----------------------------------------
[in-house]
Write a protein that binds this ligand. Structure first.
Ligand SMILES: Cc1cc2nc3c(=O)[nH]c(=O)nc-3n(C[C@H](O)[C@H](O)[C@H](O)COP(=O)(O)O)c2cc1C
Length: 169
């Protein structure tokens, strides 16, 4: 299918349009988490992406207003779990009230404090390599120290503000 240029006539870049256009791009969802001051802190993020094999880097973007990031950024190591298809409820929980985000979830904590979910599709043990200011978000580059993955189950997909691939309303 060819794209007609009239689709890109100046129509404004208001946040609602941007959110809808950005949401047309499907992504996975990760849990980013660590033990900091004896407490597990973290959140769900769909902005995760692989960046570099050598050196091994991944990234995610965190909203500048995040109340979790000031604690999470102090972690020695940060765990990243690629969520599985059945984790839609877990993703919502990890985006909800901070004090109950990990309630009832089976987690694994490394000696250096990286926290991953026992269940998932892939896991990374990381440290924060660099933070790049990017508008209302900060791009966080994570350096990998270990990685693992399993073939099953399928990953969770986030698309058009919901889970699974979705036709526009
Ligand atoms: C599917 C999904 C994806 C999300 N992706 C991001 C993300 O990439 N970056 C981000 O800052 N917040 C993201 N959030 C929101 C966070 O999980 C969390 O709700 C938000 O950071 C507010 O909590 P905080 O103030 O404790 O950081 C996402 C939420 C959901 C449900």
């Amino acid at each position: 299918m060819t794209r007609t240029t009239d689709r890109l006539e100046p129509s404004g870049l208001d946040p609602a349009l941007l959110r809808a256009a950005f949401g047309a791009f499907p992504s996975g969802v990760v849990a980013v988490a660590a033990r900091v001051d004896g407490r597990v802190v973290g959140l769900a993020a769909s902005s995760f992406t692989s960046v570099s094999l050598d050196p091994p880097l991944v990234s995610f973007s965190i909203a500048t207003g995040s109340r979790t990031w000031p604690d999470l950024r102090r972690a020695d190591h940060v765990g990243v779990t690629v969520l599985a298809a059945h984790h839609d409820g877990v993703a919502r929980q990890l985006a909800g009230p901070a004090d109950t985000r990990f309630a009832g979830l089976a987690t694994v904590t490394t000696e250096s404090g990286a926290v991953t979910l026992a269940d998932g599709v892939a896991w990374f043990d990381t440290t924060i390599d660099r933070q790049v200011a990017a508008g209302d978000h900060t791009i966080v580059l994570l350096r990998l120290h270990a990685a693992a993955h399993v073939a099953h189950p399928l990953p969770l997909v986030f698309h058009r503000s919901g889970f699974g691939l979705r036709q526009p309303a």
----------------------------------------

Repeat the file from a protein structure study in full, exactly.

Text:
[in-house]
Write a protein that binds this ligand. Structure first.
Ligand SMILES: Cc1cc2nc3c(=O)[nH]c(=O)nc-3n(C[C@H](O)[C@H](O)[C@H](O)COP(=O)(O)O)c2cc1C
Length: 169
């Protein structure tokens, strides 16, 4: 299918349009988490992406207003779990009230404090390599120290503000 240029006539870049256009791009969802001051802190993020094999880097973007990031950024190591298809409820929980985000979830904590979910599709043990200011978000580059993955189950997909691939309303 060819794209007609009239689709890109100046129509404004208001946040609602941007959110809808950005949401047309499907992504996975990760849990980013660590033990900091004896407490597990973290959140769900769909902005995760692989960046570099050598050196091994991944990234995610965190909203500048995040109340979790000031604690999470102090972690020695940060765990990243690629969520599985059945984790839609877990993703919502990890985006909800901070004090109950990990309630009832089976987690694994490394000696250096990286926290991953026992269940998932892939896991990374990381440290924060660099933070790049990017508008209302900060791009966080994570350096990998270990990685693992399993073939099953399928990953969770986030698309058009919901889970699974979705036709526009
Ligand atoms: C599917 C999904 C994806 C999300 N992706 C991001 C993300 O990439 N970056 C981000 O800052 N917040 C993201 N959030 C929101 C966070 O999980 C969390 O709700 C938000 O950071 C507010 O909590 P905080 O103030 O404790 O950081 C996402 C939420 C959901 C449900």
């Amino acid at each position: 299918m060819t794209r007609t240029t009239d689709r890109l006539e100046p129509s404004g870049l208001d946040p609602a349009l941007l959110r809808a256009a950005f949401g047309a791009f499907p992504s996975g969802v990760v849990a980013v988490a660590a033990r900091v001051d004896g407490r597990v802190v973290g959140l769900a993020a769909s902005s995760f992406t692989s960046v570099s094999l050598d050196p091994p880097l991944v990234s995610f973007s965190i909203a500048t207003g995040s109340r979790t990031w000031p604690d999470l950024r102090r972690a020695d190591h940060v765990g990243v779990t690629v969520l599985a298809a059945h984790h839609d409820g877990v993703a919502r929980q990890l985006a909800g009230p901070a004090d109950t985000r990990f309630a009832g979830l089976a987690t694994v904590t490394t000696e250096s404090g990286a926290v991953t979910l026992a269940d998932g599709v892939a896991w990374f043990d990381t440290t924060i390599d660099r933070q790049v200011a990017a508008g209302d978000h900060t791009i966080v580059l994570l350096r990998l120290h270990a990685a693992a993955h399993v073939a099953h189950p399928l990953p969770l997909v986030f698309h058009r503000s919901g889970f699974g691939l979705r036709q526009p309303a």